Tuesday, November 17, 2009

Will the Internet Undermine Movie Pricing?

Movie pricing has been a classic example of price discrimination. Get the most money from those willing to go to theaters. Get a little less later from DVD sales. Drop the price a bit more from viewing it on HBO. Finally, get what you can from "free TV" advertising.

So where does Internet delivery fit into the mix? There will be piracy, but this does not appear to be as big a problem as with music. This Morning Edition story claims that Internet delivery combined with HDTV is beginning to upset the whole deal.

1 comment:

  1. This is a relevant topic and something that I actually think about often. I am going to write off the cuff here, based on my own opinion. To me it’s about the relevance I have towards the movie. I often see a movie trailer that makes me want to run out to the theater but I never really do, maybe once every other year. I don’t have the time to see a movie these days and I can’t seem to ever schedule a theater visit around the offered times. I can’t seem to ever make an exception either, unless of course the movie is relevant to me. For example as a life-long Star Wars fan I will certainly make it to a theater for the new movie. I will absolutely not miss it and will pay whatever I have to in order to see it; it is relevant to me. When I see this movie I will almost certainly see an appealing trailer for another movie and vow to go no matter what, but the truth is that I won’t. This movie, unless it is another Star Wars film, will not be relevant to me for too long. This movie will end its theater run and I won’t see it. I won’t buy the DVD, I won’t pay to watch it on demand and by the time it is on cable or free TV the thought of seeing it will not be relevant to me. It’s the timing of the chain of events that happens after the movies’ initial theater run. When I see the trailer the thought of going becomes relevant to me, but this relevancy goes away in time and the studio loses any opportunity of gaining my dollars.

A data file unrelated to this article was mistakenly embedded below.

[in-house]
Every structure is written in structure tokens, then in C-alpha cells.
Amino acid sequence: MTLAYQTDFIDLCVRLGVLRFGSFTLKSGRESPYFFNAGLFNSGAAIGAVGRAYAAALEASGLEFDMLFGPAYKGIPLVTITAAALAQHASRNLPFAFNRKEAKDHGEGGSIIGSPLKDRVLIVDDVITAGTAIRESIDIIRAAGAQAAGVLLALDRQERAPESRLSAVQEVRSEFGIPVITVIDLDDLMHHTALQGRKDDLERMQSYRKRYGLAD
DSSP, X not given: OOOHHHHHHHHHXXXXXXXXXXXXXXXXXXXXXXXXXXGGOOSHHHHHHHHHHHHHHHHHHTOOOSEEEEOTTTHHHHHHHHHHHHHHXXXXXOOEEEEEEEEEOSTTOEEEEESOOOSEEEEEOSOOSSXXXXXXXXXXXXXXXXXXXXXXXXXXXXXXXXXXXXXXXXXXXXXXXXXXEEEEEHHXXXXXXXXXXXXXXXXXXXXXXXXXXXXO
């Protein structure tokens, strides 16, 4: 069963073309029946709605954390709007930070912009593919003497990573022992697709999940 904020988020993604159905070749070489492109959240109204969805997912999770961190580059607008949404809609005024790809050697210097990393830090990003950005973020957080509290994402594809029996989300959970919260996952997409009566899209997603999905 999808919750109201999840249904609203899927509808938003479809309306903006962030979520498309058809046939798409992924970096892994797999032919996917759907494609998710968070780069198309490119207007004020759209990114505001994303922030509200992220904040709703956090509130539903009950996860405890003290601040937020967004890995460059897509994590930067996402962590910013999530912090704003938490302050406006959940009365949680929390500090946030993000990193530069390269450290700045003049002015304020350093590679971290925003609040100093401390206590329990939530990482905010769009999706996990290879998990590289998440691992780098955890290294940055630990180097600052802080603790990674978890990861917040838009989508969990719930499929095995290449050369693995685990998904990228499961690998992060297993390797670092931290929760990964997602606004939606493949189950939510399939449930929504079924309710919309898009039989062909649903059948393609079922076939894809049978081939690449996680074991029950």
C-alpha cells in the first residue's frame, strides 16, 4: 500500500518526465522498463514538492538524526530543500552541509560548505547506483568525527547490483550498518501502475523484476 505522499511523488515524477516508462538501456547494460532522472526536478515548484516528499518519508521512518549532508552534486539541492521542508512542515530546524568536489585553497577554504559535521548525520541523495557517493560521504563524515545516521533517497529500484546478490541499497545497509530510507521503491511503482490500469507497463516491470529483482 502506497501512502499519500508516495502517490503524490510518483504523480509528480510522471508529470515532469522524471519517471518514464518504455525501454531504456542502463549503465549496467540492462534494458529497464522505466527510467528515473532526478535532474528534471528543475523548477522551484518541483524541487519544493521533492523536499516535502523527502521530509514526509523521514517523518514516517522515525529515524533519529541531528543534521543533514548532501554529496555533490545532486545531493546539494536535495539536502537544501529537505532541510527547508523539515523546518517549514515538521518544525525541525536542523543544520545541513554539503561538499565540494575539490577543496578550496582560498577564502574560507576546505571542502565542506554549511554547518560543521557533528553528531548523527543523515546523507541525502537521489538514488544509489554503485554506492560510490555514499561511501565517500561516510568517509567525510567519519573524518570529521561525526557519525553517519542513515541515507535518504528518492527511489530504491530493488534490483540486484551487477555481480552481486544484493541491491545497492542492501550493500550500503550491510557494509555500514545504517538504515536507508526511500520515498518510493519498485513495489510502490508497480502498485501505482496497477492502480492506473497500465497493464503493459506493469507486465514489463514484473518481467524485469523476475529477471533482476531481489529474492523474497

Ok, here is what I think should happen. To me the movie is relevant when I get excited after seeing the trailer. By the time the movie is available to me to view in my home at a price, it is no longer relevant. I am not willing to pay, the relevance came and went. I am no longer interested in paying to see this movie. There is a window of opportunity for the studios to still get my dollars though. It is the time right after the movie ends it theater run; that is about the last time the movie has any chance of being relevant to me. I would absolutely pay to see the movie on demand over the internet, a week after it left the theater. I believe that the movie would still be relevant to me, which makes it valuable. I would pay a higher price to watch the movie in this period, compared to what I would not pay several months later for the DVD launch or the on demand premier. The movie only has to be available for a couple of days, then it could run its regular course. I bet the studio would tap into a good market here, especially for the buzz worthy movies.